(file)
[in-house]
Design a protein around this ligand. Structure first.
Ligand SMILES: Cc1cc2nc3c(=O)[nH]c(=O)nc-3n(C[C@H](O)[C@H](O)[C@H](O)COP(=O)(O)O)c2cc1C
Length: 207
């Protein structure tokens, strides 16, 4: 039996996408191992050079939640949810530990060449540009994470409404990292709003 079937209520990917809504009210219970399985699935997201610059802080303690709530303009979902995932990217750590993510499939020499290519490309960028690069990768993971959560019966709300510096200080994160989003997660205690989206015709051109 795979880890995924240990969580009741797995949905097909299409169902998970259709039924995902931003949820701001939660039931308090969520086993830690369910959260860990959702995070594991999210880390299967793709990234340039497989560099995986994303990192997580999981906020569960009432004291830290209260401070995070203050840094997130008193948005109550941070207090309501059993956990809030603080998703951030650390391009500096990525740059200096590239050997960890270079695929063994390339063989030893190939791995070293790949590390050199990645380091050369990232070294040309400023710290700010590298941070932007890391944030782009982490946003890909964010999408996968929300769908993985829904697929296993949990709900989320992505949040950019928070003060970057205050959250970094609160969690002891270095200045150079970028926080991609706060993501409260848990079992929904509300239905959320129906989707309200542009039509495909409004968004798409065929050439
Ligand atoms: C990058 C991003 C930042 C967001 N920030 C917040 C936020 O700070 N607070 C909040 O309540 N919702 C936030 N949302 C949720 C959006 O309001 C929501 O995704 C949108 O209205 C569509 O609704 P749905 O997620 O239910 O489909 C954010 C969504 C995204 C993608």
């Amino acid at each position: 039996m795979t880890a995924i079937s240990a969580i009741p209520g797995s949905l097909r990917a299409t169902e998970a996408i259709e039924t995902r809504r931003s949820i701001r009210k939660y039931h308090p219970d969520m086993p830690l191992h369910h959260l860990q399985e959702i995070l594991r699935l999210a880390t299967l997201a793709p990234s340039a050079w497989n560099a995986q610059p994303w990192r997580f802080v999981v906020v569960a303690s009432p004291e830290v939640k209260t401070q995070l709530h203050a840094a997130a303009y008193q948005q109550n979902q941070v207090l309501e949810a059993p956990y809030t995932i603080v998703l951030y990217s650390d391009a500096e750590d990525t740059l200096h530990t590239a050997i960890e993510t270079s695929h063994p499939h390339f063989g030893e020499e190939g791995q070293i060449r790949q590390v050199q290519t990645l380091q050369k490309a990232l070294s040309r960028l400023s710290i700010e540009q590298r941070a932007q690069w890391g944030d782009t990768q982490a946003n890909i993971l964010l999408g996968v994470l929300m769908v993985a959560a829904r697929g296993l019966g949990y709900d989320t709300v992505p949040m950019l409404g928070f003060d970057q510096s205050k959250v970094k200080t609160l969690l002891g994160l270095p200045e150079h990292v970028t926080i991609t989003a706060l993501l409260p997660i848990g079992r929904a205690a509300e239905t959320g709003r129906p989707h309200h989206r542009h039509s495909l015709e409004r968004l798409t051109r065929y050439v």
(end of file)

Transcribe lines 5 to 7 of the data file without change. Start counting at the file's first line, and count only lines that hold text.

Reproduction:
């Protein structure tokens, strides 16, 4: 039996996408191992050079939640949810530990060449540009994470409404990292709003 079937209520990917809504009210219970399985699935997201610059802080303690709530303009979902995932990217750590993510499939020499290519490309960028690069990768993971959560019966709300510096200080994160989003997660205690989206015709051109 795979880890995924240990969580009741797995949905097909299409169902998970259709039924995902931003949820701001939660039931308090969520086993830690369910959260860990959702995070594991999210880390299967793709990234340039497989560099995986994303990192997580999981906020569960009432004291830290209260401070995070203050840094997130008193948005109550941070207090309501059993956990809030603080998703951030650390391009500096990525740059200096590239050997960890270079695929063994390339063989030893190939791995070293790949590390050199990645380091050369990232070294040309400023710290700010590298941070932007890391944030782009982490946003890909964010999408996968929300769908993985829904697929296993949990709900989320992505949040950019928070003060970057205050959250970094609160969690002891270095200045150079970028926080991609706060993501409260848990079992929904509300239905959320129906989707309200542009039509495909409004968004798409065929050439
Ligand atoms: C990058 C991003 C930042 C967001 N920030 C917040 C936020 O700070 N607070 C909040 O309540 N919702 C936030 N949302 C949720 C959006 O309001 C929501 O995704 C949108 O209205 C569509 O609704 P749905 O997620 O239910 O489909 C954010 C969504 C995204 C993608």
């Amino acid at each position: 039996m795979t880890a995924i079937s240990a969580i009741p209520g797995s949905l097909r990917a299409t169902e998970a996408i259709e039924t995902r809504r931003s949820i701001r009210k939660y039931h308090p219970d969520m086993p830690l191992h369910h959260l860990q399985e959702i995070l594991r699935l999210a880390t299967l997201a793709p990234s340039a050079w497989n560099a995986q610059p994303w990192r997580f802080v999981v906020v569960a303690s009432p004291e830290v939640k209260t401070q995070l709530h203050a840094a997130a303009y008193q948005q109550n979902q941070v207090l309501e949810a059993p956990y809030t995932i603080v998703l951030y990217s650390d391009a500096e750590d990525t740059l200096h530990t590239a050997i960890e993510t270079s695929h063994p499939h390339f063989g030893e020499e190939g791995q070293i060449r790949q590390v050199q290519t990645l380091q050369k490309a990232l070294s040309r960028l400023s710290i700010e540009q590298r941070a932007q690069w890391g944030d782009t990768q982490a946003n890909i993971l964010l999408g996968v994470l929300m769908v993985a959560a829904r697929g296993l019966g949990y709900d989320t709300v992505p949040m950019l409404g928070f003060d970057q510096s205050k959250v970094k200080t609160l969690l002891g994160l270095p200045e150079h990292v970028t926080i991609t989003a706060l993501l409260p997660i848990g079992r929904a205690a509300e239905t959320g709003r129906p989707h309200h989206r542009h039509s495909l015709e409004r968004l798409t051109r065929y050439v």